Know exactly how much buying a property will cost so you can budget accurately and save more.
If you've saved an adequate deposit and you're ready to buy a home, you may think you've calculated all your costs. However, while a deposit might be the most significant cost associated with purchasing a property, it's far from the only one. From government charges to lender fees, insurance to inspections, there are a whole host of secondary costs associated with buying a house. Adding these up will give you a full picture of the price of your home.
Property buying cost estimates
Here's a simple breakdown of what buying a property could cost you. Keep in mind that this is just an estimate.
- Stamp duty: $10,000
- Mortgage registration fee: $150
- Transfer fee: $300
- Loan application fees: $600
- Legal fees: $330
- Lenders mortgage insurance: $4,000
Other buying costs
- Solicitor and conveyancing: $1,000
- Strata search: $0
- Home and contents insurance: $580
- Pest inspection: $200
- Moving costs: $700
- Building/council inspection: $0
- Connecting utilities: $50
- Land tax/council rates: $25
Total property buying cost estimate = $17,935
What are the costs of buying a property?
Beyond the cost of your deposit and home loan, there are a number of costs associated with buying a home. To get a true idea of how much your property purchase will cost, you'll need to add these up:
- Stamp duty. Stamp duty varies from state to state, and most states offer exemptions and concessions for first home buyers.
- Title transfer fees. This fee also varies from state to state, but usually runs between $100 and $140.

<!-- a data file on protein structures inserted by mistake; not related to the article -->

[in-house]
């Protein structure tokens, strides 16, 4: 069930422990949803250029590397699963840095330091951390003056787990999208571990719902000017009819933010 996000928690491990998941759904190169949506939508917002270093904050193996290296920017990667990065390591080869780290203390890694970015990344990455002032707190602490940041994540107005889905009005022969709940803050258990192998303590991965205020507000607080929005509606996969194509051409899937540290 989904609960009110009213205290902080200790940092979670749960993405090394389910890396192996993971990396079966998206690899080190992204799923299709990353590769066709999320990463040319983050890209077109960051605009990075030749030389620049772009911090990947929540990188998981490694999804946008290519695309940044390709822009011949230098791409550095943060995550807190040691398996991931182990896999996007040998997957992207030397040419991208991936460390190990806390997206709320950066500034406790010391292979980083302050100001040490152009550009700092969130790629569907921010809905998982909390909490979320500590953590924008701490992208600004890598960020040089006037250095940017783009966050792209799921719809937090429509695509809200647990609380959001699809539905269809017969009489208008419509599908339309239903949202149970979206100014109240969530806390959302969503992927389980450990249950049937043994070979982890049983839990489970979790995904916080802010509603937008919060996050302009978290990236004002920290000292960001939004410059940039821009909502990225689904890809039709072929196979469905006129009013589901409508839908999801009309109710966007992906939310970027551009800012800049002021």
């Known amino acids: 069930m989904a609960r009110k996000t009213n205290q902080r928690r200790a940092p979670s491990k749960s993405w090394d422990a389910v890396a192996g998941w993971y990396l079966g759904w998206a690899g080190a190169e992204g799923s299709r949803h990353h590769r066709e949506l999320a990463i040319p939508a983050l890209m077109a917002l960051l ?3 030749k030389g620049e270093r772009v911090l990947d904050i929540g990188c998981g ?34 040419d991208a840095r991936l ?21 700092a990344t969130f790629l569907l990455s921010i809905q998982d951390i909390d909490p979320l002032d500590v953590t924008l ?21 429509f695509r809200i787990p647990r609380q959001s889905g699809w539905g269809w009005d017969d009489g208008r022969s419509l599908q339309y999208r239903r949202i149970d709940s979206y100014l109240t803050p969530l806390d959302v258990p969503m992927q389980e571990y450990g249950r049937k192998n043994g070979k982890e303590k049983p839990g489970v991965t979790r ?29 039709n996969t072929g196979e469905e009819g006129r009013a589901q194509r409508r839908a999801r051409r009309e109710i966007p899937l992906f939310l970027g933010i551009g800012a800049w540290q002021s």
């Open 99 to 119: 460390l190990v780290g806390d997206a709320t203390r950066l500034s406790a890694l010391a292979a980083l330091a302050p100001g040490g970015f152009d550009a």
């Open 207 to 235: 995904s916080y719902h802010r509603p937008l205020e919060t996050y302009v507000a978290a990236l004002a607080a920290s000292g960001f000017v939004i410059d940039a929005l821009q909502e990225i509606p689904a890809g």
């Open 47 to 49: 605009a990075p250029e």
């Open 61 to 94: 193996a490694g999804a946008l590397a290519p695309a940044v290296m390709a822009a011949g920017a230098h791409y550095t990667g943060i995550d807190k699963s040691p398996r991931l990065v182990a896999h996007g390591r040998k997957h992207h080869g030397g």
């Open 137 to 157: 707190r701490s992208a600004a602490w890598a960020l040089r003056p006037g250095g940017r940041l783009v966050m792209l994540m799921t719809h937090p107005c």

- Registration fees. This fee registers your property as the physical security for your home loan. It typically costs between $115 and $140, though in some states it can be close to $200.
You can use the calculator below to work out how much you're likely to pay in stamp duty, title transfer and registration fees.
- Lender fees. Lenders also have their own fees associated with home loans. Depending upon the loan you decide on, you could find yourself paying application, legal and settlement fees. This can cost several hundred dollars, so make sure you check the fees when you're comparing mortgages. If you plan to borrow more than 80% of the property’s value, you’ll also have to pay for lenders mortgage insurance (LMI) which can add thousands to your total cost.
- Inspection fees. Before signing a contract for a home, it's wise to have building and pest inspections carried out. This will ensure the home you're buying is structurally sound and free from damaging pests. These inspections typically cost around $300-400. You can learn more about the different types of inspections here.
- Home and contents insurance. Before your lender will unconditionally approve your home loan, you'll need building insurance. It's also a good idea to insure the contents in your new home. You can compare home and contents insurance policies here.
- Moving costs. Unless you have a large vehicle and some very understanding friends, you'll likely have to pay a removalist service to help you move home. Depending upon the size of your move, this can cost anywhere from a few hundred to a few thousand dollars. Make sure you compare removalist services and get several quotes.
Frequently asked questions about property buying costs
Do I have to pay ongoing fees when I get a loan?
While some home loans attract monthly or annual account keeping fees, not all do. If you have to pay a seemingly insignificant $10 monthly fee over a course of 30 years, you end up paying $3,600 in all.
Why do I have to pay for lenders mortgage insurance?
Lenders require borrowers to pay for lenders mortgage insurance if they wish to borrow in excess of 80% of the property’s value. This insurance policy allows lenders to recoup their costs in the event you default on your home loan.
Should I pay for property inspections?
A building and pest inspection safeguards your interests. An inspection establishes if the house in question is structurally sound and free of pests.